Recommendation 15 – “We ask that in its next ten-year strategy, the Arts Council makes explicit how it plans to redress the balance in funding for grassroots venues and contemporary music, with a view to securing the infrastructure and leadership that will enable them to maximise business opportunities. (Paragraph 91) ” This is a key element of the Save London Music Stretegy for protecting live music venues.

Recommendation 17 – ” The Government’s independent expert panel should engage musicians from different genres, stakeholders from across the music industry, and young people to ensure the new model music curriculum reflects how people make and consume music in the modern age, as well as the industry’s skills-needs now and into the future. (Paragraph 98) ” We are keen to see diverse music genres given the same recognition and status as more established and main stream genres. Arts council support for grassroots venues is something which should have been established many years ago.

Recommendation 20 – “We recommend that the Department for Digital, Culture, Media and Sport and UK Music convene a taskforce this year comprised of musicians’ representatives and corporate stakeholders to explore how the industry may be supported and incentivised to invest more effectively in supporting grassroots talent. (Paragraph 113) “ We welcome this recommendation. Investment in Grassroots talent is key to the health of the UK Music Scene.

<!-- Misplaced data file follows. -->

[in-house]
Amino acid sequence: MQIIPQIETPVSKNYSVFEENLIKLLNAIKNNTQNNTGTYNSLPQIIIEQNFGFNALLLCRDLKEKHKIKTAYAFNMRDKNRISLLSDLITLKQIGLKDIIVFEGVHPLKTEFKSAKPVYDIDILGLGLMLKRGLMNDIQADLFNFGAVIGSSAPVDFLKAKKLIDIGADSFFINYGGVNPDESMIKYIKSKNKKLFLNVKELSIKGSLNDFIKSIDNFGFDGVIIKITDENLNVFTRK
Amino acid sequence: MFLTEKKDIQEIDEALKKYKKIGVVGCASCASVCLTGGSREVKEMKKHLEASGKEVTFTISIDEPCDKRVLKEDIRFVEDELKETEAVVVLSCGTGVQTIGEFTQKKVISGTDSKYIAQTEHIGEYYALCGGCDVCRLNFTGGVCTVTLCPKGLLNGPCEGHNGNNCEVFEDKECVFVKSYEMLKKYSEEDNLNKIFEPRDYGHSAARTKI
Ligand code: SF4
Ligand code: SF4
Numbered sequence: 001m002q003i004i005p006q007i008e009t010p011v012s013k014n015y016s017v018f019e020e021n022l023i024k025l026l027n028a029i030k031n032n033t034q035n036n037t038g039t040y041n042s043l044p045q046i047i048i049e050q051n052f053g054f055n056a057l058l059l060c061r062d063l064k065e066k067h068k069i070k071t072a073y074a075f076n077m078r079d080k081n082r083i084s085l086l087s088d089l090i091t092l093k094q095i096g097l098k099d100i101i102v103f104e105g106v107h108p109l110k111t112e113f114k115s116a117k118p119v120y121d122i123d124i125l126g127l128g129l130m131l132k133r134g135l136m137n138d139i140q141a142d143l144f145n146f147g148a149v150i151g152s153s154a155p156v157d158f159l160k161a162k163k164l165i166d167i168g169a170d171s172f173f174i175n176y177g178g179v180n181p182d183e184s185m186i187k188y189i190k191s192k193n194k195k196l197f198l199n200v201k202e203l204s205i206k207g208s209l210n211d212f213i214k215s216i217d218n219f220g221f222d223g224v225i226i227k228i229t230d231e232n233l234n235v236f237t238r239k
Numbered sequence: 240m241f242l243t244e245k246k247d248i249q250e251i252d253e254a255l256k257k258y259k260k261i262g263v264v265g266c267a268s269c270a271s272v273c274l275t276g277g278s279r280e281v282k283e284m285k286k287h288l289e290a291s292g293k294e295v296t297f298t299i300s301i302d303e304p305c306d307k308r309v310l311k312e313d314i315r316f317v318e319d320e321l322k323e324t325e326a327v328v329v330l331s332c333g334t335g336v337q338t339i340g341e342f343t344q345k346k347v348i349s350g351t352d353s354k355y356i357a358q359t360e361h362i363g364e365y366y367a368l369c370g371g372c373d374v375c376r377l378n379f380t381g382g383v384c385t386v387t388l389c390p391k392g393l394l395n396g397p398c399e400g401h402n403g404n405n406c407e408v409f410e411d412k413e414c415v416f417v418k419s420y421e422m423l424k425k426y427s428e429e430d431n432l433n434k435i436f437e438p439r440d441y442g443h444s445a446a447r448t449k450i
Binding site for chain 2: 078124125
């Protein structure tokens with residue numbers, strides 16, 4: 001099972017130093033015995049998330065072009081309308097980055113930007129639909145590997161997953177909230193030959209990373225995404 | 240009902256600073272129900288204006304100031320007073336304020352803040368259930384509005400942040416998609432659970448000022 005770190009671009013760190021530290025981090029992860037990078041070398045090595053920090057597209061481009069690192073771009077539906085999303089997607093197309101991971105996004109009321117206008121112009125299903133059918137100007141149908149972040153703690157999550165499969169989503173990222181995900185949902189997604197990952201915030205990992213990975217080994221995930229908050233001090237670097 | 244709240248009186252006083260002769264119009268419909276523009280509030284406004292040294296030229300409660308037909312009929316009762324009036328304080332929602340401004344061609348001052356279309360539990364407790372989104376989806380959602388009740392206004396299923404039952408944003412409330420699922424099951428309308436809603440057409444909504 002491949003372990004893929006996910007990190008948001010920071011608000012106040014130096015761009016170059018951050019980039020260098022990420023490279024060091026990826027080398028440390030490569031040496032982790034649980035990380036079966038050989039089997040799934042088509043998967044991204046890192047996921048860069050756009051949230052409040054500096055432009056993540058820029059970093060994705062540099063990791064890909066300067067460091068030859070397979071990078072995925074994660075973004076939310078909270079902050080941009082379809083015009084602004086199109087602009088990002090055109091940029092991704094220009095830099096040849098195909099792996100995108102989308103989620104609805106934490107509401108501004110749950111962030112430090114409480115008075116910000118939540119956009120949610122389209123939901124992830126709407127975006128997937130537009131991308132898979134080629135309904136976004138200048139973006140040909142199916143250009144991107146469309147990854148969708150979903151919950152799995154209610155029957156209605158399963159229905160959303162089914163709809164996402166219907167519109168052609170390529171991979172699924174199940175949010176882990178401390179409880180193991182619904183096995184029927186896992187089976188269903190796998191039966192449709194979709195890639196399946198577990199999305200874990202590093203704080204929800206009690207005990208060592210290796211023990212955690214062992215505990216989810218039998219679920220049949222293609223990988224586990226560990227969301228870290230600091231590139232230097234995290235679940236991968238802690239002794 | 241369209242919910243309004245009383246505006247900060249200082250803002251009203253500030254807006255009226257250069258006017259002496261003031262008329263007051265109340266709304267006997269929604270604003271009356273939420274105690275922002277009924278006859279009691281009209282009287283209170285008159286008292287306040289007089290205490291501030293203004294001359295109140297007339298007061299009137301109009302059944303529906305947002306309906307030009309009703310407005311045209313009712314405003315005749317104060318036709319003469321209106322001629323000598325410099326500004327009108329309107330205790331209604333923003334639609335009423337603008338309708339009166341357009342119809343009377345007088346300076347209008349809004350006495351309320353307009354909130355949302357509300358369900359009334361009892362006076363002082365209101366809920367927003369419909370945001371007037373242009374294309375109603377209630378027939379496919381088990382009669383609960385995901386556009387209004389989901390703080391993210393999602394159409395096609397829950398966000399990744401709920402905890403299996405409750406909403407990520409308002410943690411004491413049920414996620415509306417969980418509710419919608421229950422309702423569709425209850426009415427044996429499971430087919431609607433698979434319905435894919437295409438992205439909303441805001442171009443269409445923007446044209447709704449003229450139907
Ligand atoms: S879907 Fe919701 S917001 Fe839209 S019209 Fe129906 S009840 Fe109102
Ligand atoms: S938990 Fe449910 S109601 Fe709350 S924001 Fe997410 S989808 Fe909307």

Recommendation 22 – ” We repeat our call for the Government to develop an immigration policy that recognises the broader contribution individuals make, beyond their salary level. We also ask the Government to detail in its response to this report how it will engage with the music industry and consider the industry’s views in the formulation of its immigration policy. (Paragraph 121) ” London is a melting pot of talent and our diversity of musical talent is our USP. We welcome the recognition of this by the Committee.

Save London Music Campaign commentary

Whilst we welcome the report, especially the key recommendations listed above, there are several key points we would like to make. Whilst we believe the committee has done a sterling job, we question why there is not a single London MP on the committee. As London is the cultural hub of the UK this seems to us to be a major structural issue. This is important as there is no MP on the committee which our campaign can liaise with directly as a stakeholder to work towards the aim of preserving and strengthening the grassroots music scene in the Capital. We need a champion for London on the committee. We are disappointed that so much of the report was taken up with discussion of secondary ticketing, which is not an issue confined to Live Music, with major sports events, etc being affected. We would like to see the two streams separated. We do not see secondary ticketing as being an issue for grassroots venues, which are the key for maintaining our live music scene.

This report is a good starting point. We will be continuing to work with the Committee to build on the good work they have done. Click here to read our key objectives.